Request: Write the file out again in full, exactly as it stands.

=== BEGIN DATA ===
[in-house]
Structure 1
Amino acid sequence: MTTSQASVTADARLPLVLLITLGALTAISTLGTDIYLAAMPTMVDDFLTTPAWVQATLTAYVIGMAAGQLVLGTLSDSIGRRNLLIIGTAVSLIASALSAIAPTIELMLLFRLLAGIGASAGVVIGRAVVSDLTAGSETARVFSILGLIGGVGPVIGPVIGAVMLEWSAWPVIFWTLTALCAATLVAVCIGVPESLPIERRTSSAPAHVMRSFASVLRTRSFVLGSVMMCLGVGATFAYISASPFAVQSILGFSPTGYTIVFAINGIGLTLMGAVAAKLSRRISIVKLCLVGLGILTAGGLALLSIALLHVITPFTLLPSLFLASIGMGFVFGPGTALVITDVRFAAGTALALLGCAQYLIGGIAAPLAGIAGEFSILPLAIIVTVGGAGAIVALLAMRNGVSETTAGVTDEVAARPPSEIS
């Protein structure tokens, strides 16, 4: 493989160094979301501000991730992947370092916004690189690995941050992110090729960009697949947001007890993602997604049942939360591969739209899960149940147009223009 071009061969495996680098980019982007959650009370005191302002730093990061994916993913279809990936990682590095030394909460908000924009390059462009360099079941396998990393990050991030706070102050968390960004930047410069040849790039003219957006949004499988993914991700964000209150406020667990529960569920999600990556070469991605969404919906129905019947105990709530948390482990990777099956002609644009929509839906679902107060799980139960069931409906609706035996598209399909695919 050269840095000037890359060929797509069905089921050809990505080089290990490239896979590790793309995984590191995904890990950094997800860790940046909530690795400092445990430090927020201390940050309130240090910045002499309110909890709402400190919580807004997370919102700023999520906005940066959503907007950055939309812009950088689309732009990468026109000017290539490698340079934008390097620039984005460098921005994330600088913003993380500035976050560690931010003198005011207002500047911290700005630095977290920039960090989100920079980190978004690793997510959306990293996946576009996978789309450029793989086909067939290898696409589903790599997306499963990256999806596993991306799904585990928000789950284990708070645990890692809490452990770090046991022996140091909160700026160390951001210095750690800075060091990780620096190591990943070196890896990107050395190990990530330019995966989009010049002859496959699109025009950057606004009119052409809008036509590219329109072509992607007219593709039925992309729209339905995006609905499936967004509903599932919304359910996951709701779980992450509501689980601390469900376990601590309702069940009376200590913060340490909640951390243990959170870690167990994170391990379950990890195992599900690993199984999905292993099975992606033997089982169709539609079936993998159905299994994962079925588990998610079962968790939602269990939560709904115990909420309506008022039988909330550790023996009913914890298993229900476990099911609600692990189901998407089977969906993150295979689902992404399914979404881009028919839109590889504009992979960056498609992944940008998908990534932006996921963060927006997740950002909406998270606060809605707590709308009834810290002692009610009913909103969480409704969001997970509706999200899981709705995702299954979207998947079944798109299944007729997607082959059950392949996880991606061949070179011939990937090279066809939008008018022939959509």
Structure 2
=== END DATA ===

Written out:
[in-house]
Structure 1
Amino acid sequence: MTTSQASVTADARLPLVLLITLGALTAISTLGTDIYLAAMPTMVDDFLTTPAWVQATLTAYVIGMAAGQLVLGTLSDSIGRRNLLIIGTAVSLIASALSAIAPTIELMLLFRLLAGIGASAGVVIGRAVVSDLTAGSETARVFSILGLIGGVGPVIGPVIGAVMLEWSAWPVIFWTLTALCAATLVAVCIGVPESLPIERRTSSAPAHVMRSFASVLRTRSFVLGSVMMCLGVGATFAYISASPFAVQSILGFSPTGYTIVFAINGIGLTLMGAVAAKLSRRISIVKLCLVGLGILTAGGLALLSIALLHVITPFTLLPSLFLASIGMGFVFGPGTALVITDVRFAAGTALALLGCAQYLIGGIAAPLAGIAGEFSILPLAIIVTVGGAGAIVALLAMRNGVSETTAGVTDEVAARPPSEIS
């Protein structure tokens, strides 16, 4: 493989160094979301501000991730992947370092916004690189690995941050992110090729960009697949947001007890993602997604049942939360591969739209899960149940147009223009 071009061969495996680098980019982007959650009370005191302002730093990061994916993913279809990936990682590095030394909460908000924009390059462009360099079941396998990393990050991030706070102050968390960004930047410069040849790039003219957006949004499988993914991700964000209150406020667990529960569920999600990556070469991605969404919906129905019947105990709530948390482990990777099956002609644009929509839906679902107060799980139960069931409906609706035996598209399909695919 050269840095000037890359060929797509069905089921050809990505080089290990490239896979590790793309995984590191995904890990950094997800860790940046909530690795400092445990430090927020201390940050309130240090910045002499309110909890709402400190919580807004997370919102700023999520906005940066959503907007950055939309812009950088689309732009990468026109000017290539490698340079934008390097620039984005460098921005994330600088913003993380500035976050560690931010003198005011207002500047911290700005630095977290920039960090989100920079980190978004690793997510959306990293996946576009996978789309450029793989086909067939290898696409589903790599997306499963990256999806596993991306799904585990928000789950284990708070645990890692809490452990770090046991022996140091909160700026160390951001210095750690800075060091990780620096190591990943070196890896990107050395190990990530330019995966989009010049002859496959699109025009950057606004009119052409809008036509590219329109072509992607007219593709039925992309729209339905995006609905499936967004509903599932919304359910996951709701779980992450509501689980601390469900376990601590309702069940009376200590913060340490909640951390243990959170870690167990994170391990379950990890195992599900690993199984999905292993099975992606033997089982169709539609079936993998159905299994994962079925588990998610079962968790939602269990939560709904115990909420309506008022039988909330550790023996009913914890298993229900476990099911609600692990189901998407089977969906993150295979689902992404399914979404881009028919839109590889504009992979960056498609992944940008998908990534932006996921963060927006997740950002909406998270606060809605707590709308009834810290002692009610009913909103969480409704969001997970509706999200899981709705995702299954979207998947079944798109299944007729997607082959059950392949996880991606061949070179011939990937090279066809939008008018022939959509």
Structure 2